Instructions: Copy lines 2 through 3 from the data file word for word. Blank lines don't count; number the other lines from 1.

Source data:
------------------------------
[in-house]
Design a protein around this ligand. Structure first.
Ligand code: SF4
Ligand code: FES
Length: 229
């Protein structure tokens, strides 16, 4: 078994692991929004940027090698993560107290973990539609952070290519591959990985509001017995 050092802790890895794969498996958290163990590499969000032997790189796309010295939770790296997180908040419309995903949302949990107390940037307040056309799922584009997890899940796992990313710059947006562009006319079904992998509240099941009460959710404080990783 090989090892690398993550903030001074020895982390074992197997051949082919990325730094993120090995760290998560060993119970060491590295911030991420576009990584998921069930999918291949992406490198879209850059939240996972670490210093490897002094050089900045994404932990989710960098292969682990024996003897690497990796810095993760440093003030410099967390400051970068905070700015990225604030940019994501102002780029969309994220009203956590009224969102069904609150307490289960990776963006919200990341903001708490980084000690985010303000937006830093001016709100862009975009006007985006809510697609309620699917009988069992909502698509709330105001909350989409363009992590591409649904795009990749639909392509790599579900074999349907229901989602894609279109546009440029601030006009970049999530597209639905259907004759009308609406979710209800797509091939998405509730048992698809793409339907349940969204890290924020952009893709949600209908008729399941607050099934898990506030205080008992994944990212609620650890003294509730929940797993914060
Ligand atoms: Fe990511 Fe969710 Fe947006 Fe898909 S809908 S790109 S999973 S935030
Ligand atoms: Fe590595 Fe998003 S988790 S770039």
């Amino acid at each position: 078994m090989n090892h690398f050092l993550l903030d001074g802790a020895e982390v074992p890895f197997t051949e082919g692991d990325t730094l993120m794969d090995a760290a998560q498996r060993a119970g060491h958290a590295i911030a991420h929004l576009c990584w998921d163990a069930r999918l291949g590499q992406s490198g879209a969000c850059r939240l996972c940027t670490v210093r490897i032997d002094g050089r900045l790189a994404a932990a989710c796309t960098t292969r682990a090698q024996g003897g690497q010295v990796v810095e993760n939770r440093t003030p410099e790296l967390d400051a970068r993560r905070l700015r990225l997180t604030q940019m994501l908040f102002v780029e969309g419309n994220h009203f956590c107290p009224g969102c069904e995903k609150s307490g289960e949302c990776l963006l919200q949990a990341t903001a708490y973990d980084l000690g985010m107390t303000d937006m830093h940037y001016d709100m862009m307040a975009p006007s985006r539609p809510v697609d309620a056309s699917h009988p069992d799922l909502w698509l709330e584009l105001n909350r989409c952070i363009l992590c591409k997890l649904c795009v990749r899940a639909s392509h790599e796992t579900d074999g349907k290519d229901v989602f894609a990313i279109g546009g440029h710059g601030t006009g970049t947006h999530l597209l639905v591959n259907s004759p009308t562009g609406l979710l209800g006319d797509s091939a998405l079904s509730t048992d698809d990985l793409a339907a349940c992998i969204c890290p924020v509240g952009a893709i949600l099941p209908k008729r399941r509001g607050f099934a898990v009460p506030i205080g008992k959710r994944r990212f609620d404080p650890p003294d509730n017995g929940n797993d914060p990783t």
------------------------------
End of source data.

Design a protein around this ligand. Structure first.
Ligand code: SF4